Categories: At Play Tags: , , ,

It’s Not the Thought That Counts, It’s the Email

Happy day smiles!

I didn’t wake up on the wrong side of the bed or miss my bus or experience any of the normal signs that herald that the morning was going to be rough. Instead, things just steadily fell apart after I arrived at work. Countless occupational hazards awaited me as I ricocheted my way from one challenge to another like a marble in a pinball machine. I tried to smile, remain calm and work professionally, while inside I could feel the frustration grow. I tried to remember the stress management techniques I had taught others in a seminar not too long ago.

• Be aware of your breathing. When we are stressed, our breathing tends to become shallow. I took time to pause and breathe deeply.

• Ask for or accept help from others. I called IT for help with the computers. After all, they’re the experts.

After doing battle with uncooperative computers, looming deadlines and the inability to achieve bilocation, I returned to my office and slumped in my chair. My stomach growled reminding me that I hadn’t had breakfast as I clicked into my inbox to check emails. No longer hiding the frustration I felt, I grumbled out loud, “Rotten day. Rotten, rotten, rotten day. What a rotten day!”

My eyes landed on a new email from my daughter and I just had to laugh.

Subject: Happy day!
This from a person who never gives her emails a subject. Ironic? Coincidence? No way. This was God’s way of reminding me of the many lessons He could teach me at that moment. Lessons such as how blessed I am to be alive. How thankful I should be that my daughter is safe and happy. How unstressed and peaceful I should feel because He’s always close. And oh, by the way, have a happy day. Love, God.

Five Points from Chick-fil-A to Chew On

May 10, 2011 1 comment

When I think of Chick-fil-A, leadership doesn’t immediately spring to mind. Chicken does. Those waffle potato fries. And cows. There’s no Chick-fil-A in my area, but I did bring home five points from the presenters at the 2011 Chick-fil-A conference on leadership to chew on and use to move forward.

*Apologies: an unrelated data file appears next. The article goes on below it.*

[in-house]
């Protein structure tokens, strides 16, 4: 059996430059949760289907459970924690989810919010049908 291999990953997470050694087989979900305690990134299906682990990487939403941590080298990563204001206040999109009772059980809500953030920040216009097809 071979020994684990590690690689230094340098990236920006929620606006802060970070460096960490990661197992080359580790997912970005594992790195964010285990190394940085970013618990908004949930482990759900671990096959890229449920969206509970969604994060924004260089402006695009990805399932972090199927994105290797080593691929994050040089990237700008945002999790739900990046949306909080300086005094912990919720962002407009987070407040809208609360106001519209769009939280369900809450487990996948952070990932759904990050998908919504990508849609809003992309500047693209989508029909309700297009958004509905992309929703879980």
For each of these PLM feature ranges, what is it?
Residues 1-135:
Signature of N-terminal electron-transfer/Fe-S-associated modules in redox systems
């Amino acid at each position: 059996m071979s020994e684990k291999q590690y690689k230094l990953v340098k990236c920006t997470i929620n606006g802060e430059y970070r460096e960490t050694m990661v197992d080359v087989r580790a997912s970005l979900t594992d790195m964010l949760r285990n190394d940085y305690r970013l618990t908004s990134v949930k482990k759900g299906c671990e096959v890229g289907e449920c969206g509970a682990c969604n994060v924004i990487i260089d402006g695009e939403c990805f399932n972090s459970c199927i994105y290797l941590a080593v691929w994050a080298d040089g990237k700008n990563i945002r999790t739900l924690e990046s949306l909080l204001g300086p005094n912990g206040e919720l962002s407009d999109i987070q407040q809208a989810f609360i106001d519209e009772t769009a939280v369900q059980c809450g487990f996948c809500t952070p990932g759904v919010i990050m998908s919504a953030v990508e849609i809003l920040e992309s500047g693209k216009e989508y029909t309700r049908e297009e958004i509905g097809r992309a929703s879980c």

1. No knowledge is irrelevant. Ben Carson—Pediatric Neurosurgeon, (from the 2010 Conference). How does a student progress from being the worst student in the class to a straight-A student in just 18 months? By listening to his mother. Ben’s mother knew her son was intelligent and didn’t accept excuses from him about his potential. She cultivated in both of her sons an appreciation of and love for reading. As they followed their mother’s directions for limiting time spent watching television and replacing that time with reading and completing mom-assigned book reports, Dr. Carson shared that he began to learn things that other students did not know. His grades and his self esteem improved. No longer was he resigned to being the lowest-performing student in his class. Same brain, different opinion of himself. Knowledge is power.
  2. See what is, not just what you are hoping for.  Seth Godin—Author, Marketing Expert, Entrepreneur. The art of making a decision involves facing situations head on. Don’t ignore the future just because you don’t like it. Some people think inside the box where it’s dark; others think outside the box where there’s nothing to lean against. Those who think on the edge of the box, poke the edge of the box and invent the future. Develop the ability to see what actually is instead of only what you are hoping for, and make the decision that is required.
  3. Reinvent yourself every year. Create an edge every day. Mack Brown—Head Coach, Texas Longhorns. When his team hit a rough stage in their playing history, they learned to reinvent themselves, create a new edge. As a leader, he took responsibility for the team’s performance, made the changes needed and with a renewed purpose and determination, the Longhorns reentered the stadium—literally and figuratively. Sometimes your worst day can create a positive result.